Early wake-up call this morning. As I walk into the chill of the desert night toward the pale light of the refectory tent, my sleep-addled brain tries to take stock. This is Day Two of my journey through Namibia. I am at the tiny Kulala Adventurers Camp, deep in the Namib, the legendary desert that gave the country its name. And I have a sand dune to scale by 7:00 am.

A Namib Dawn

Namibia-Kulala dawn.

A springbok welcomes the dawn in the Kulala Wildernes Reserve.

It’s taken me years to get here, but I am finally about to see the sun rise over the highest dunes on the planet. The reality of the moment doesn’t fully sink in until we, my four fellow adventure travelers and I, are bumping along a sand trail that only our guide, Jimmy Limbo, can detect across the shadow landscape of the private Kulala Wilderness Reserve. The sky begins to glow with pre-dawn light and shortly thereafter we reach the private Wilderness Safaris entrance into the park. It’s precisely sunrise, the official opening time of the Namib-Naukluft National Park. Although “our” gate follows the same schedule as the public Sesriem Gate, it has the huge advantage to be a good 25 kilometers closer to the dune field and not subject to any entrance formality delays. For almost one hour, we have the rare privilege to experience the intense silence and awesome grandeur of the oldest desert in the world in exquisite solitude.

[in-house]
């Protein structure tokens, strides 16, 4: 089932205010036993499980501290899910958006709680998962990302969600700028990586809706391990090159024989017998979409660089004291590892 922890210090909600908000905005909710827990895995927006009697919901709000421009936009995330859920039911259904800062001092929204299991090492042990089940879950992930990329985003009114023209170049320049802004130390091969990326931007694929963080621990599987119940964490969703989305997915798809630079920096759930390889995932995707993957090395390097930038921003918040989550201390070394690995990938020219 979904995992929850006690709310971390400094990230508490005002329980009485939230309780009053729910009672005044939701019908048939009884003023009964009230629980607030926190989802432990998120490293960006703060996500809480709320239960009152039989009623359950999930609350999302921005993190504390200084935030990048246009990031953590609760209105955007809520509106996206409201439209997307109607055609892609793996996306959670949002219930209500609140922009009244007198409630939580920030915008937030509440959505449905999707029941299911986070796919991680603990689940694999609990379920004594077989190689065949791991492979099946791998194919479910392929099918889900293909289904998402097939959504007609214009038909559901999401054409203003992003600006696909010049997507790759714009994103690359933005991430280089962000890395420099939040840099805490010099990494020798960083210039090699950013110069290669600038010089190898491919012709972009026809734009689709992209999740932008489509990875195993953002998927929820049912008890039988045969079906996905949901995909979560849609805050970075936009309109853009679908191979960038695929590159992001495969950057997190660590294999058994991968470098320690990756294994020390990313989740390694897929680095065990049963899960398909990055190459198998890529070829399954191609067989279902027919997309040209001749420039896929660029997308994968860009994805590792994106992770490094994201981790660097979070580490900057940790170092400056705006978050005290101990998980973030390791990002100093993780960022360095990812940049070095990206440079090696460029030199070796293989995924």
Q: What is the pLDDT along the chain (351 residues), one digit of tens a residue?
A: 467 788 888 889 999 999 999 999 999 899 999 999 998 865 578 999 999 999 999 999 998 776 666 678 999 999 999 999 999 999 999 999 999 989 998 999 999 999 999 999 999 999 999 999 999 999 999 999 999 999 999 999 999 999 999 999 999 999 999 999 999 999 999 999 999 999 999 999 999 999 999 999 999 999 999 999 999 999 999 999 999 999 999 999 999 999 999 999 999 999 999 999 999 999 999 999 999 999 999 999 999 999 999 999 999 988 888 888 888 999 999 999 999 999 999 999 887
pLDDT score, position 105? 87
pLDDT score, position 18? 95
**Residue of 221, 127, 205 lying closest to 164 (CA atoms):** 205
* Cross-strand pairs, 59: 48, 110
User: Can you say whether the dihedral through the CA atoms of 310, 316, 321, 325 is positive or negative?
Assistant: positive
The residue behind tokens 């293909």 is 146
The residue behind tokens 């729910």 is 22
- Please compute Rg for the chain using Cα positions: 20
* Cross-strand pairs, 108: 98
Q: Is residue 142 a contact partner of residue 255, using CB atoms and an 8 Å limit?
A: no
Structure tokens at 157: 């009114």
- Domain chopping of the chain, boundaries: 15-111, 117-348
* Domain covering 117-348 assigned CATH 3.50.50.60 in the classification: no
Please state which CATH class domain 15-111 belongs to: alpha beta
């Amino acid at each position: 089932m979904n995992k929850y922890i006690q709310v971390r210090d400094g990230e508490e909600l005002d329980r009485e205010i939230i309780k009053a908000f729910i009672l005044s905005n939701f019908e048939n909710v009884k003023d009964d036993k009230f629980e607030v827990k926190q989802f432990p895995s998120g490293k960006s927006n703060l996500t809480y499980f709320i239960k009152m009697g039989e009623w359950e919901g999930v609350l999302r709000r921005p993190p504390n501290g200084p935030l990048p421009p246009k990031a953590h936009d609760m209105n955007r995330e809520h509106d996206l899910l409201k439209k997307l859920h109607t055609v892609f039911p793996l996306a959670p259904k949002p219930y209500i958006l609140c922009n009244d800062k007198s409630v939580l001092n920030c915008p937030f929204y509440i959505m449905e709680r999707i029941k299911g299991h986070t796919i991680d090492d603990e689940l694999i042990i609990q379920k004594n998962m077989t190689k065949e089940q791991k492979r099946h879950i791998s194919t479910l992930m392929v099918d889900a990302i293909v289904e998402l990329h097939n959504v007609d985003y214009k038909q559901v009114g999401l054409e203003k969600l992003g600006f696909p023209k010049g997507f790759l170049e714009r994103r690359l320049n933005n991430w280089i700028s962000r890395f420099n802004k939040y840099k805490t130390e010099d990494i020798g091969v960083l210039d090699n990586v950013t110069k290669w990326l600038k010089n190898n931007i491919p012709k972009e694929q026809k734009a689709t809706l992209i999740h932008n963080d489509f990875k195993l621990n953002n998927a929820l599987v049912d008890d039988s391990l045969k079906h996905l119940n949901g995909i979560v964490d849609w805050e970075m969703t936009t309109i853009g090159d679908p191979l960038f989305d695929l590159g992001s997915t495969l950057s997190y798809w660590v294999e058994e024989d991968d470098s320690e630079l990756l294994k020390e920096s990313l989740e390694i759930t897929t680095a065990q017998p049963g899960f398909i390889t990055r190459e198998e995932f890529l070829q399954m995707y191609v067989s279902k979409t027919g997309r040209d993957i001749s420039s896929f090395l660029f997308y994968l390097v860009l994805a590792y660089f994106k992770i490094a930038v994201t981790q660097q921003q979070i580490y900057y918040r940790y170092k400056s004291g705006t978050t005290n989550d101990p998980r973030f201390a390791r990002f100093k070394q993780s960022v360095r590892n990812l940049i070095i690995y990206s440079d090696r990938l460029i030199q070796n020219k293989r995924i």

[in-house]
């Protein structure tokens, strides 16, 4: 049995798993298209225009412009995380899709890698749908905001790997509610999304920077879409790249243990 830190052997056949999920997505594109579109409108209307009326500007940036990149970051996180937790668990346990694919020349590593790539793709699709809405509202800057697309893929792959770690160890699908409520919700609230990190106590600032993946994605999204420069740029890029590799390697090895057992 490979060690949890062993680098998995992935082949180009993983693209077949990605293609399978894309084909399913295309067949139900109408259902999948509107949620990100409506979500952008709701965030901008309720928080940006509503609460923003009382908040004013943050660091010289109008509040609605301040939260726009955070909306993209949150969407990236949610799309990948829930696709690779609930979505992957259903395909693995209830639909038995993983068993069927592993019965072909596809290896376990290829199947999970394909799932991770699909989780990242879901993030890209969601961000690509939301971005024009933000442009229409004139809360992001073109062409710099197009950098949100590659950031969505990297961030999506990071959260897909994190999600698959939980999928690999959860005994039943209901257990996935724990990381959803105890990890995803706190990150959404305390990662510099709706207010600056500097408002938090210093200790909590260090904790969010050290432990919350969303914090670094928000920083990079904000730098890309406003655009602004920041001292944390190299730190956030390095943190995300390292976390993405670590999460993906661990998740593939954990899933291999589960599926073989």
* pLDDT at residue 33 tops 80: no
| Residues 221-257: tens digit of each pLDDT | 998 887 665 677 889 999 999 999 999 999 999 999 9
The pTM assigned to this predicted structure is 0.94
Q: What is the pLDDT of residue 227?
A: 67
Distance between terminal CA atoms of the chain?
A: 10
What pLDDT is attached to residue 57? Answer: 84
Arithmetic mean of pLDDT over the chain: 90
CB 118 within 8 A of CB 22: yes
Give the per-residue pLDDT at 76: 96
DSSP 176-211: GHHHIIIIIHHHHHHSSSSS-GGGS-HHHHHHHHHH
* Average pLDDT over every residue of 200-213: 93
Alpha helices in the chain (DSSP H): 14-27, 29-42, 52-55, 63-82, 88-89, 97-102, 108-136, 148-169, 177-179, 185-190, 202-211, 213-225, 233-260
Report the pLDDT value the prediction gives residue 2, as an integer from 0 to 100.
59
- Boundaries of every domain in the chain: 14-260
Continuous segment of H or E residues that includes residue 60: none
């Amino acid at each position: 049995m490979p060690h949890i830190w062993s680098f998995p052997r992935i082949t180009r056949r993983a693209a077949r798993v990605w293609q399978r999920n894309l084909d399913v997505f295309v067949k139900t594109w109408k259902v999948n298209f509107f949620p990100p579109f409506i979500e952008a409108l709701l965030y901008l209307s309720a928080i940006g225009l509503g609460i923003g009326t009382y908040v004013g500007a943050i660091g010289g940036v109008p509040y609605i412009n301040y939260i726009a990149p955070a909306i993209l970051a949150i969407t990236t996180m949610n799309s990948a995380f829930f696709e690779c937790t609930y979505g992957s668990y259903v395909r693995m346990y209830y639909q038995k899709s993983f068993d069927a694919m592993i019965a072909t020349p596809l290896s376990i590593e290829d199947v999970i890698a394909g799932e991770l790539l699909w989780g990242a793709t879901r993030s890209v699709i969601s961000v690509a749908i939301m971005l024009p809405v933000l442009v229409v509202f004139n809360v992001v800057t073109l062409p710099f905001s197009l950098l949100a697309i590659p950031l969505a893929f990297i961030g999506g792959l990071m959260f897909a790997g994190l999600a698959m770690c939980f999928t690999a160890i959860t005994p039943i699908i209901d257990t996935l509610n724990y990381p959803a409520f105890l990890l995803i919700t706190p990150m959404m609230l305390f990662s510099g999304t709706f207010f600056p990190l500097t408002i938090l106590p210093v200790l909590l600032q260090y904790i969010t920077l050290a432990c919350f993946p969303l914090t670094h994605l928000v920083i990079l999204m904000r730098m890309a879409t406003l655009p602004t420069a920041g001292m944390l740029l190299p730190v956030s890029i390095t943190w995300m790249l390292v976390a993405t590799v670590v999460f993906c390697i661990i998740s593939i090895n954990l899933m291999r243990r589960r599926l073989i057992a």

Namibia-Naukluft sunrise.

Sunrise over the Naukluft Mountains.

Jimmy drives straight to the Elim Dune, the farthest inland dune, somewhat off the main track that leads from the Sesriem Gate to the heart of Sossusvlei. It is sprinkled with tufts of dry grass that help a bit with the climb. And it offers a unique view of the sun rising over the Naukluft Mountains and the sea of apricot dunes rippling to the horizon.